INTERNATIONAL OBSERVERS INVITED FOR OCTOBER REFERENDUM. Iraq has called on representatives of "world parties, organizations, and unions" to attend a planned referendum on the post of president in October. Saddam Husseyn has already been voted president for life and the referendum is merely expected to endorse this state of affairs. An Iraqi News Agency report on 19 July quoted the acting secretary-general of the Ba'th Party-dominated National Progressive and Patriotic Front, Abdel-Baqi Abdel-Karim al-Saadoun, as saying that "this democratic practice will refute the allegations of the U.S. enemies." He added that "this democratic experience allowed Iraq to occupy an advanced status in defense of the national and pan-Arab causes and stand against neo-colonialism, represented by globalization and the new imperialist regime." (Simon Henderson)
IRAQ HALVES AUSTRALIAN WHEAT IMPORTS IN PROTEST. Baghdad has told Australia that it has decided to reduce its Australian wheat imports by 50 percent of the total quantity of 1 million tons, under the oil-for-food program. Iraqi Trade Minister Mehdi Salih announced the decision in a press statement broadcast on Iraqi TV on 22 July. He protested that Australian Prime Minister John Howard and some of his ministers had supported the "hostile threats of the U.S. administration of evil against Iraq." He went on to say that Australia might be put on an Iraqi blacklist if its hostile position continues. (Simon Henderson)
DISCUSSION ON RENOVATING PIPELINE FROM SAUDI ARABIA. Jordanian and Saudi officials discussed the reopening of the Tapline oil pipeline during talks on 9 and 10 July, according to the 8 July issue of the Paris-based industry newsletter "Petrostrategies." The pipeline carried all of Jordan's oil needs until 1990 when Iraq invaded Kuwait. Saudi Arabia angrily cut the line after Jordanian ruler King Hussein expressed sympathy for the Iraqi action. Since the Gulf War, Jordan's energy requirements have been met by Iraq in an arrangement tolerated but not strictly permitted by the United Nations.
Earlier this year, Jordanian Energy Minister Mohammed Batayneh said his country wanted to "diversify its energy sources." The U.S. has been anxious to persuade Saudi Arabia to restart oil exports to Jordan but has been unable to secure terms acceptable to both Riyadh and Amman. Iraqi oil currently supplied to Jordan by truck is heavily discounted and over the years the Jordanian economy has become increasingly dependent on Iraqi trade links.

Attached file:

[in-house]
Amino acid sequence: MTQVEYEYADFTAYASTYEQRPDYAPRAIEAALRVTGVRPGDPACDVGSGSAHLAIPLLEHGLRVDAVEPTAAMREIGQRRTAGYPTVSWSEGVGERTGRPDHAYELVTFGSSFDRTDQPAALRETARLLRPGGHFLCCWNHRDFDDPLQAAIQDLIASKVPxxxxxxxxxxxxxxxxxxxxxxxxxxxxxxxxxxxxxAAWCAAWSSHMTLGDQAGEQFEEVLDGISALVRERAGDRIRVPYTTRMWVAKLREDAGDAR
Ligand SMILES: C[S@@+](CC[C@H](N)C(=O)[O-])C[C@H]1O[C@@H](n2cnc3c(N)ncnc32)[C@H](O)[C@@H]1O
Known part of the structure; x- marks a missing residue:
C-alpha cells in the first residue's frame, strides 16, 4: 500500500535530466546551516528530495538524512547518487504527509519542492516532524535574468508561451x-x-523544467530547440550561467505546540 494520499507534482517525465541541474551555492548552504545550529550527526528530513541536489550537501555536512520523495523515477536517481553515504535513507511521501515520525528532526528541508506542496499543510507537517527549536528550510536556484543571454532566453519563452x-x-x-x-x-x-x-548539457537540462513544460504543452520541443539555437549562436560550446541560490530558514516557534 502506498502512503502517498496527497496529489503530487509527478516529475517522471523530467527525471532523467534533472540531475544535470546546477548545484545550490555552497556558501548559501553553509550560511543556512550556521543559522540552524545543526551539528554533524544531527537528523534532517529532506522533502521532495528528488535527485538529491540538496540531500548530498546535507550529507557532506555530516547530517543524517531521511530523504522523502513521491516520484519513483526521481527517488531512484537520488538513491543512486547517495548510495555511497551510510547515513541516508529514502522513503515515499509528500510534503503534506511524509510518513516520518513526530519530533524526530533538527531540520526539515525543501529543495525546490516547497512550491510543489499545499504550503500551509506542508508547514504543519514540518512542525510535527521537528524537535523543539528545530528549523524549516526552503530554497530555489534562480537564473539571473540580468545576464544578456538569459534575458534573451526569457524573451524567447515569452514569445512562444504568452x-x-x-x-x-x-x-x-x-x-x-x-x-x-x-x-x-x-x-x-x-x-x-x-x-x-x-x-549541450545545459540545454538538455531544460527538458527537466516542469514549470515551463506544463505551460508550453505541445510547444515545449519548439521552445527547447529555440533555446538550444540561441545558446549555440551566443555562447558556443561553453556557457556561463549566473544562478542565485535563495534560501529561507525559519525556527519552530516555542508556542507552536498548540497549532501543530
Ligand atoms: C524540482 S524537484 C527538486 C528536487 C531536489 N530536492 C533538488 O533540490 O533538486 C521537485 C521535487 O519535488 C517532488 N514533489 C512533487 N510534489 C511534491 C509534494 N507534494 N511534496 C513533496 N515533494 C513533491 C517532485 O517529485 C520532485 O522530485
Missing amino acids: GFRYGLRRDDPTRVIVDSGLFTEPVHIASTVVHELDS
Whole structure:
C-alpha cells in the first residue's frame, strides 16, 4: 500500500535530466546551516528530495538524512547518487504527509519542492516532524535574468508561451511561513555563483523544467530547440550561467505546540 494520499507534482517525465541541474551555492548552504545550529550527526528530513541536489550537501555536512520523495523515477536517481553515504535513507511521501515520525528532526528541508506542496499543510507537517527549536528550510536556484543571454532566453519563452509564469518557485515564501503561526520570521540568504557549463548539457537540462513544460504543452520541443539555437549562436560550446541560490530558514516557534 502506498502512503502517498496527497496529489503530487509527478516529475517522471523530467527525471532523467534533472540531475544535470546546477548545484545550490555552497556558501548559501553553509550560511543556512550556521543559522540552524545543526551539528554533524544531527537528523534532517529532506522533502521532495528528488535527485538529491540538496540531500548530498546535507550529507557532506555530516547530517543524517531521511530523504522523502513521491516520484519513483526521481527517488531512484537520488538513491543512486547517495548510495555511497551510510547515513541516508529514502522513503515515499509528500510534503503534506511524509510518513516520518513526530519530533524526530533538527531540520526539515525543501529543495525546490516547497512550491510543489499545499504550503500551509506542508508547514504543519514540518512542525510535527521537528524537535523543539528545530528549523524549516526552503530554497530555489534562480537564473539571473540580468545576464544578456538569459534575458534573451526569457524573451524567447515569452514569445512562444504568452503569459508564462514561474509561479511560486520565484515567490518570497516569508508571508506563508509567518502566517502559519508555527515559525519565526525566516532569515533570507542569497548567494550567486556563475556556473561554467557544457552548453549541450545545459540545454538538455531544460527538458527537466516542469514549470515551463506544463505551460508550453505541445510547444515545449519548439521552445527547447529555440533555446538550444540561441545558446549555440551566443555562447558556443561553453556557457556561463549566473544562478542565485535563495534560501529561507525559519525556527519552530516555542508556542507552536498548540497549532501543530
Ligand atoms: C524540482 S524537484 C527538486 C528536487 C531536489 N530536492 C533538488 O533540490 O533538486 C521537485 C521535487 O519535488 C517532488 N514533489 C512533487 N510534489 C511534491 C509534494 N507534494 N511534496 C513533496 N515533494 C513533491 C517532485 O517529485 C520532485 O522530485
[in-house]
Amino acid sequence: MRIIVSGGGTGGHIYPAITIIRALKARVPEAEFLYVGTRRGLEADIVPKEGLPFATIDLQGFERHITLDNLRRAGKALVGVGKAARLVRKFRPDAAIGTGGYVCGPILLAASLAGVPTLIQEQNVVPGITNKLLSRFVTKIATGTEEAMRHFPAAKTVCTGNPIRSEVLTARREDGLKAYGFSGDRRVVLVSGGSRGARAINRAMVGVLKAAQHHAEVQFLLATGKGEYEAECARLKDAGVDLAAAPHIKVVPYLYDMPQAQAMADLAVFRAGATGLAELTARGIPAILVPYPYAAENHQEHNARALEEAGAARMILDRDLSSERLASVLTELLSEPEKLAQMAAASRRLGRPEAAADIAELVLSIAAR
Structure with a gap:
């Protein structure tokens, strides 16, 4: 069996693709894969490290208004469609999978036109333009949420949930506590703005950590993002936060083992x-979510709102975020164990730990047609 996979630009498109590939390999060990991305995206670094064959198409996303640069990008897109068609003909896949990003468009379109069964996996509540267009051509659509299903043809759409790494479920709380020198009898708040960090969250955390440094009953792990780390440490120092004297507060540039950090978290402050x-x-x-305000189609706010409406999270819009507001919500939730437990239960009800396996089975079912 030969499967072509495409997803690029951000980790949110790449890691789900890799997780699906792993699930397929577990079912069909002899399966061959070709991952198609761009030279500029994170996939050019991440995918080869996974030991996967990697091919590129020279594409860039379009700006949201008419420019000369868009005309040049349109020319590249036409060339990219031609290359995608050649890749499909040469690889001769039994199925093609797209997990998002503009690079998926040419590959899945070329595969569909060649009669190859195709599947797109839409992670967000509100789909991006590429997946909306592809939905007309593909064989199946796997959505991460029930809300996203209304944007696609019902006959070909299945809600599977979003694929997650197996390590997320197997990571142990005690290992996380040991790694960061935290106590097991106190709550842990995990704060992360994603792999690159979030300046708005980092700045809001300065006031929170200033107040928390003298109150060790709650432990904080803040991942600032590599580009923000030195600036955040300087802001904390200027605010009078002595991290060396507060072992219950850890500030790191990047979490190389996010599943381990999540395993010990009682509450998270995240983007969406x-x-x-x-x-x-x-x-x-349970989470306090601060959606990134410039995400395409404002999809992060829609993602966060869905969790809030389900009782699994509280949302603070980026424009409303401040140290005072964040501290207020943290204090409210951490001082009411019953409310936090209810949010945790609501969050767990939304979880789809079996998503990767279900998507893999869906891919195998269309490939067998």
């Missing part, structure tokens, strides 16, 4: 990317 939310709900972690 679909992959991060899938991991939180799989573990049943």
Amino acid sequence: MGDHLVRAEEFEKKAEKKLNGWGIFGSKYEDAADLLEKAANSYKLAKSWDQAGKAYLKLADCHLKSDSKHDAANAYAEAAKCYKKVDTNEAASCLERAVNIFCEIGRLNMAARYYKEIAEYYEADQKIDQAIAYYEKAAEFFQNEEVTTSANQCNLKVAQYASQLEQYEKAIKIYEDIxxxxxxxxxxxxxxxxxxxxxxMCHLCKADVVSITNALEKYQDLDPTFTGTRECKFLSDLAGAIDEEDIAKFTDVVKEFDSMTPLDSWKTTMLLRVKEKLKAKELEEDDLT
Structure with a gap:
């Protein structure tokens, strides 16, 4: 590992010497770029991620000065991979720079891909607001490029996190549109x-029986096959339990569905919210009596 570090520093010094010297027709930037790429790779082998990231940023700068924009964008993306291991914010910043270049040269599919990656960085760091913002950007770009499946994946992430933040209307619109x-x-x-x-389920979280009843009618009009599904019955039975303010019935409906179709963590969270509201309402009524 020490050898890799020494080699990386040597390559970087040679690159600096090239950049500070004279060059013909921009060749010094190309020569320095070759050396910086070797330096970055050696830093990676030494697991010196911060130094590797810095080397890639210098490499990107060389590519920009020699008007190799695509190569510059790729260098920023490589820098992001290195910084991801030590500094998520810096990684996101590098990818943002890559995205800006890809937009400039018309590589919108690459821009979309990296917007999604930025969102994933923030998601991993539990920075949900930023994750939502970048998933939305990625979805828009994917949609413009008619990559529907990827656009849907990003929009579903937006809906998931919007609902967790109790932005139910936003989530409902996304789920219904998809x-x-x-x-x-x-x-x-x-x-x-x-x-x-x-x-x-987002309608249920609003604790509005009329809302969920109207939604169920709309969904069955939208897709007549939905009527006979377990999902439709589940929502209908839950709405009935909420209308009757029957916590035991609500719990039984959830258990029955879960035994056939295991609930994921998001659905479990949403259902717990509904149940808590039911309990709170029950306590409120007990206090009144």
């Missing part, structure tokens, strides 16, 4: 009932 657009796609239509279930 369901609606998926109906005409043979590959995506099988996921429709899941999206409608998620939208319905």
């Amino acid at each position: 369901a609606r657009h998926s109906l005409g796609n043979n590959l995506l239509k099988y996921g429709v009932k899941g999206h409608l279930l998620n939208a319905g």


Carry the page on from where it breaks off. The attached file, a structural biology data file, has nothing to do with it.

A Jordanian economic delegation returned to Amman on 23 July after visiting Baghdad. Jordanian Minister of National Economy Salah Bashir said the trip had accomplished its goals, Petra News Agency reported. Bashir told reporters that the discussions focused on signing a free trade agreement, and "things should be clearer in the coming weeks." He said the Iraqi leadership would maintain the level of imports from Jordan. (Simon Henderson)
IRAQ ASKS FOR OIL EXPERTISE FROM BELARUS. An Iraqi delegation visited the Belarus capital of Minsk for talks beginning on 14 July. The Russian Interfax news agency reported on 19 July that the Iraqi team discussed the possibility of using Belarusian expertise to improve the efficiency of the Iraqi oil industry and the production of consumer goods using petroleum products. The Iraqi delegation was led by Deputy Prime Minister and Military Industrialization Minister Abedl-Tawwab Huwaish. Interfax also said the two sides discussed prospects for Belarusian companies to help restore Iraq's production of tractors, engines, trucks, and glass sheets. Any increase in trade relations will start from a low base. In 2001 Belarusian exports to Iraq totaled $26 million. The figure for January to May this year was $11.5 million. (Simon Henderson)